Caffeine – Friend or foe for table tennis players?

Caffeine and its effects and benefits have been studied widely and even more so the effect of caffeine on sports performance, despite this there are still several myths and misconceptions to the exact results of caffeine in the body. Caffeine carries a somewhat negative reputation, being essentially a stimulant, people site dehydration, anxiety and insomnia as reasons to avoid it but these symptoms are generally down to misuse or have been proven incorrect. Plenty of athletes across many sports use caffeine to their advantage and when used in the right manner can have a positive impact on performance for table tennis players too.

Caffeine has many positive effects that are beneficial in both endurance events but also in high intensity events like table tennis which occur over a relatively short period of time. Not only the obvious effect of increased physical performance caffeine has also been proven to have the effects of: increased attention, increased memory performance, increased muscle recovery as well as decreased risk of heart and liver disease. All of which would be hugely beneficial to table tennis players. It has also been shown caffeine can also help improve endurance which would be fantastic over a long weekend tournament or day of matches, it does this through adapting the way our bodies use stored energy and blocking a chemical called adenosine which makes you feel tired.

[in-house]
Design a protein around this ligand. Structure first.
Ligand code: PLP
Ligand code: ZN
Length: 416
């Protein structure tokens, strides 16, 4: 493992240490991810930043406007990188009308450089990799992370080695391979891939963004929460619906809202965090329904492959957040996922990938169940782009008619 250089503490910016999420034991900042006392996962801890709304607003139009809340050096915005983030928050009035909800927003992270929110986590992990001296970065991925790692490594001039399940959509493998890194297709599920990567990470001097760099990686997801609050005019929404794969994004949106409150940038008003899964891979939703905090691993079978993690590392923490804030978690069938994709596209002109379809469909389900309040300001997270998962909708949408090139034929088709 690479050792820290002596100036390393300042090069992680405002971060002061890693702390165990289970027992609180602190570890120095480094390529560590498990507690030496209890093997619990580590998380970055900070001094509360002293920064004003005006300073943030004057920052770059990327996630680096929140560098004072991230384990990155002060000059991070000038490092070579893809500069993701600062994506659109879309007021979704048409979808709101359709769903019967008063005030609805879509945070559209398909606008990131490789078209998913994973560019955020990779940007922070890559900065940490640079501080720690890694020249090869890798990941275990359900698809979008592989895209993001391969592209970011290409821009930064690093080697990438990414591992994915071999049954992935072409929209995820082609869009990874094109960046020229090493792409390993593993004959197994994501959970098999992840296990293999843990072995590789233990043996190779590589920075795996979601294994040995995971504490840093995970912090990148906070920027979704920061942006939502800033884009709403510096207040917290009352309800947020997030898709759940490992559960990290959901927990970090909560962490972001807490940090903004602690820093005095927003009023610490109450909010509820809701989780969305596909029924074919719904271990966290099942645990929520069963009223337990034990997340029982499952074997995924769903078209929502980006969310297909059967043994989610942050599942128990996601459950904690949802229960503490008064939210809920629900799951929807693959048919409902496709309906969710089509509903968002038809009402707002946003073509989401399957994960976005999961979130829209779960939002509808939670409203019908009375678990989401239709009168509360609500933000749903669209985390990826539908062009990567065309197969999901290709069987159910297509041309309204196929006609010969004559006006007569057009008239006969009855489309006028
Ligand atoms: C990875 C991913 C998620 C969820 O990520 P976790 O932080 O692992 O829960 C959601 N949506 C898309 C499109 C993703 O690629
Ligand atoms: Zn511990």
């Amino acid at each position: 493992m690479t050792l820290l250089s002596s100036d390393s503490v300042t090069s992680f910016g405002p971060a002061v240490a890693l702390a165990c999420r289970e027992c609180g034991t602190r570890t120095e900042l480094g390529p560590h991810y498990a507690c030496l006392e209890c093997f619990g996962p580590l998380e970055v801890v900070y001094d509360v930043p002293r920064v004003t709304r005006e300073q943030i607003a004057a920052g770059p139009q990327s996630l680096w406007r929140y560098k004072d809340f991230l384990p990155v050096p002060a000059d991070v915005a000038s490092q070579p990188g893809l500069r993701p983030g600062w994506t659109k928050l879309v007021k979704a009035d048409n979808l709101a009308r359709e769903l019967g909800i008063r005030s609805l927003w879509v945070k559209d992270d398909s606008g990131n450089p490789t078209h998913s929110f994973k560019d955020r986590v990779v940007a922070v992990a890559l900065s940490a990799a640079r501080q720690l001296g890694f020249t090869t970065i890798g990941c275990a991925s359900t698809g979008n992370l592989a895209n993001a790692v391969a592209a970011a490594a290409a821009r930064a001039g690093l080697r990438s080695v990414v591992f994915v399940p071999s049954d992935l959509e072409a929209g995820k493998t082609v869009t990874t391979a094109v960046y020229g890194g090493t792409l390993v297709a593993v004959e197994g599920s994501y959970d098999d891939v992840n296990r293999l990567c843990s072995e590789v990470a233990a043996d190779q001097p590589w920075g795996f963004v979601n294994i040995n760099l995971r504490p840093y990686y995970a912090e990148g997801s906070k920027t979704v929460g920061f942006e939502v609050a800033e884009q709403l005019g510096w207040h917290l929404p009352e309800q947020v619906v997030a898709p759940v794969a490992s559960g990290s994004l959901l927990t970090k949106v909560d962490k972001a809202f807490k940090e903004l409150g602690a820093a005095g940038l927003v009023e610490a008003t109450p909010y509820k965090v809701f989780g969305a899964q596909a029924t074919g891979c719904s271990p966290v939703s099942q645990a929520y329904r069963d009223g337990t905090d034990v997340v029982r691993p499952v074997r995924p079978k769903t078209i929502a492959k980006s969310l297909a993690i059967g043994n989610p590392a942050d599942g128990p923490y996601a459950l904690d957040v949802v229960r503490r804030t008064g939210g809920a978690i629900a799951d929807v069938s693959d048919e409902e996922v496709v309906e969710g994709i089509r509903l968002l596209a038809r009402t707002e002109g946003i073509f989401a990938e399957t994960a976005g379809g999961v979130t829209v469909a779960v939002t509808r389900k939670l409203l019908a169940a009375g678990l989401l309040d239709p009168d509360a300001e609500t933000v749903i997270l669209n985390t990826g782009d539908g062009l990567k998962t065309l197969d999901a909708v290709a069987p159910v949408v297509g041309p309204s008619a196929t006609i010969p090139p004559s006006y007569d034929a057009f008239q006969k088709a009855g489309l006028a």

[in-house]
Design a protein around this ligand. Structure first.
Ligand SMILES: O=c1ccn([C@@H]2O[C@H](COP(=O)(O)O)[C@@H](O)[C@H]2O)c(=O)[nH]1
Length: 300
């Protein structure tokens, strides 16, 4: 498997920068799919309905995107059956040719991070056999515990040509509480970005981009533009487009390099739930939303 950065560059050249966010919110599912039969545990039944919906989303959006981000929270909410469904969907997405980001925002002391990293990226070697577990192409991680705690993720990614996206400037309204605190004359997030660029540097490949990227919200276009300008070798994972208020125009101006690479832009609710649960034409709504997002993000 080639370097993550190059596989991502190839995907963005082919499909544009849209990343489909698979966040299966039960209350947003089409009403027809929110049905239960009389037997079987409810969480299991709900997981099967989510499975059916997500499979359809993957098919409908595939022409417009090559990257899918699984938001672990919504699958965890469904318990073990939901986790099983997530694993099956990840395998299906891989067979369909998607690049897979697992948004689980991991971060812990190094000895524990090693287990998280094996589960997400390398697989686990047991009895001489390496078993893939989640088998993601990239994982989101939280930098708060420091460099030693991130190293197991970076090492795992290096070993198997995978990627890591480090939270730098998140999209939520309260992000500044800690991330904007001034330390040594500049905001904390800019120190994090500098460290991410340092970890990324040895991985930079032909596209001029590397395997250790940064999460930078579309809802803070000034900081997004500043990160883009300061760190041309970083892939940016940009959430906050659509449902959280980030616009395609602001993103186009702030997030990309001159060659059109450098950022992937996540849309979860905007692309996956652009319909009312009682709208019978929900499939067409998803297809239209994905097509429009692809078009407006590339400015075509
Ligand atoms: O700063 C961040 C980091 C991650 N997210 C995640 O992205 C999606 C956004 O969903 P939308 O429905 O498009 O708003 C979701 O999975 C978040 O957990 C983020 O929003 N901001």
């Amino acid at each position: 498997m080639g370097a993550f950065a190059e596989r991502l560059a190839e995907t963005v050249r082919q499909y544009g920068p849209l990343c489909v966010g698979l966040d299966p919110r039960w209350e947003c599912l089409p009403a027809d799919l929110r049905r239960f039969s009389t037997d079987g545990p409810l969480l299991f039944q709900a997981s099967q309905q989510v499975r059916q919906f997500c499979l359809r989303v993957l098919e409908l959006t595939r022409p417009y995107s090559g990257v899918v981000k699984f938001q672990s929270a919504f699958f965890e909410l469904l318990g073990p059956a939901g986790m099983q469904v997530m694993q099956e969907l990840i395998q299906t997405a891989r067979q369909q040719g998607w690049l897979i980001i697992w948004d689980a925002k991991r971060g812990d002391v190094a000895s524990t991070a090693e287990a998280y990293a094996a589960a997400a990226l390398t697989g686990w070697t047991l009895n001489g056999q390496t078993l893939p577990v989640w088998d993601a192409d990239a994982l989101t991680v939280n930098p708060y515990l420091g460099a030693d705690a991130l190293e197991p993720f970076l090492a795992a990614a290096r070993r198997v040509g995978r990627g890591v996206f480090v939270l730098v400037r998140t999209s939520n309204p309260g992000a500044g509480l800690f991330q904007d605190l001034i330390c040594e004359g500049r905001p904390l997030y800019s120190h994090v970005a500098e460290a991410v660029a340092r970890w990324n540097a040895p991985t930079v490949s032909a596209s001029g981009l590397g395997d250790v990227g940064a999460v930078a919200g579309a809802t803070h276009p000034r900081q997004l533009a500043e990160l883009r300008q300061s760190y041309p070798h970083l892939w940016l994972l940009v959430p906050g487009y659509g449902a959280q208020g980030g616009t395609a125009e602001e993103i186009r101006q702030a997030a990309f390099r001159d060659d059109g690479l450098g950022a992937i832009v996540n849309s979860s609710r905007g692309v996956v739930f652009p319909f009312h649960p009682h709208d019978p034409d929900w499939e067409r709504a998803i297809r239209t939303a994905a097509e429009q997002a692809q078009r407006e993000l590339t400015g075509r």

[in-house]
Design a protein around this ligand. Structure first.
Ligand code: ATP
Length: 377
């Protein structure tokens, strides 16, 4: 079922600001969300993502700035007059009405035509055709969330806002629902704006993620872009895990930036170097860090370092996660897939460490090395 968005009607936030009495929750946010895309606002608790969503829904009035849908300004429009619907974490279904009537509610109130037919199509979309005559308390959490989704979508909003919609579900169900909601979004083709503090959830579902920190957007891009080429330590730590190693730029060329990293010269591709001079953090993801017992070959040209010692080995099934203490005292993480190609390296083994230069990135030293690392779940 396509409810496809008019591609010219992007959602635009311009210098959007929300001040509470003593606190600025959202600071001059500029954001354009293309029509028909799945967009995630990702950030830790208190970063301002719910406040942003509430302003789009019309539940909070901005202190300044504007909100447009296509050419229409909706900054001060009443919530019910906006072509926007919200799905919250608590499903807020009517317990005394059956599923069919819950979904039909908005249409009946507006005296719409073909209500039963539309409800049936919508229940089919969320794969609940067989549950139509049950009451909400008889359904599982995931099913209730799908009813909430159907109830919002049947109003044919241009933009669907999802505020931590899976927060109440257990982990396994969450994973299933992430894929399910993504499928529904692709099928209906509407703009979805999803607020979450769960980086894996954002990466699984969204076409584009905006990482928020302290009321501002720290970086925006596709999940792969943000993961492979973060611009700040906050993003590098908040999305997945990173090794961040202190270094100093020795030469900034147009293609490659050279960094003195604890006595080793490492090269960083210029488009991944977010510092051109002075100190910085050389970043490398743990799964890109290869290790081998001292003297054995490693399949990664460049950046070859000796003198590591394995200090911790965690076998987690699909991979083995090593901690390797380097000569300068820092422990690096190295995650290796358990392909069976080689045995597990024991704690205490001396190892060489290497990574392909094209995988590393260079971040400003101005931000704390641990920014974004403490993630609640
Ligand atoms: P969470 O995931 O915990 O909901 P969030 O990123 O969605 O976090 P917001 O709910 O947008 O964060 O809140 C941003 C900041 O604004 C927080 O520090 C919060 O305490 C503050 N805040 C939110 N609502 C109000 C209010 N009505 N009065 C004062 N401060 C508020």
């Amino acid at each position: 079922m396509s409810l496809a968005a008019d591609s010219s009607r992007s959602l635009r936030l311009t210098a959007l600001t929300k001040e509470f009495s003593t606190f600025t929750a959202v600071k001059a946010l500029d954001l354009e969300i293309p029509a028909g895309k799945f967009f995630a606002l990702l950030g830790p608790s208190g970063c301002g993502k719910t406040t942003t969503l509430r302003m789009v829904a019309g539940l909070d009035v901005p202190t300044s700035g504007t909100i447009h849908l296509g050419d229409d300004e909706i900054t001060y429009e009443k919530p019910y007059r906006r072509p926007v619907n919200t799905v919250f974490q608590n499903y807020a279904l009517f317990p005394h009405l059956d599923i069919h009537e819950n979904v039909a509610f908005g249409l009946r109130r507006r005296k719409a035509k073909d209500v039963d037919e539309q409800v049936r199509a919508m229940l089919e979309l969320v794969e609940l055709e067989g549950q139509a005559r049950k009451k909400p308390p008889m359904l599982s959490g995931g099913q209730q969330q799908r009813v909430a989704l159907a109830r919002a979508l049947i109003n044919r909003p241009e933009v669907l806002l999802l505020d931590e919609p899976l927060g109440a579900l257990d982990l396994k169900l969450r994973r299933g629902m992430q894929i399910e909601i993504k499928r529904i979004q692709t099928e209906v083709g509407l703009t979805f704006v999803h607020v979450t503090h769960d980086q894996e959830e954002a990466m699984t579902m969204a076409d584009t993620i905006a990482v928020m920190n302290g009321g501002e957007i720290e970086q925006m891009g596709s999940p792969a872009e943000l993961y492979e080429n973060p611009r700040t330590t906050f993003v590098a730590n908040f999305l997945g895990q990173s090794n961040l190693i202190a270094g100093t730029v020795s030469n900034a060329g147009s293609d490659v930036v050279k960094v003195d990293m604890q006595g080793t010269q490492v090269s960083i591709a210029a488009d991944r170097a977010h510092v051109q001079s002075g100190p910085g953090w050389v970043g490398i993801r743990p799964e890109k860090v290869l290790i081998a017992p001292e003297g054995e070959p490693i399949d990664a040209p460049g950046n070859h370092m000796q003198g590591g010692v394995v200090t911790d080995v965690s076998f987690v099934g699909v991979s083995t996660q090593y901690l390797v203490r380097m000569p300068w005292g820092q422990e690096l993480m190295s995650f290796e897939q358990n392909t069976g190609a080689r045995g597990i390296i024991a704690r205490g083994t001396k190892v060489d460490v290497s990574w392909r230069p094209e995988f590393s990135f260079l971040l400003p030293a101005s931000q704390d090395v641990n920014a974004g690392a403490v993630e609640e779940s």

For table tennis players considering caffeine as a performance enhancer before a training or tournament you should remember everyone varies in their tolerance to it. Whilst a larger amount might be ideal for some players others will find themselves over stimulated, so you must learn the amount that suits you individually, if any at all. Only a moderate dose is required to have an effect and there’s no evidence that higher doses will have a greater impact. The dosage should be 1-3mg per kg of body weight which equates to 70-210mg (A large coffee) of caffeine for a 68kg player. It’s worth noting that this type of dosage is well below the level at which research suggests caffeine can have any negative effects so even a small amount of caffeine can have the positive benefits stated. You should have your caffeine hit between 20-60 minutes before starting your session/match. Obviously, caffeine over use is not a good idea and consuming it 2-3 hours before you sleep is not recommended. There are several ways to get your intake, most table tennis players won’t want to drink a high sugar caffeine drink such as red bull before they play (I certainly wouldn’t recommend it) and if you’re not a fan of coffee there are always caffeine tablets available to get your hit.

Even with all the bad press and reputation it has, caffeine may not be an enemy after all, so If you’re feeling lethargic and looking for that performance edge to win those tight matches perhaps our friend caffeine is worth a try!

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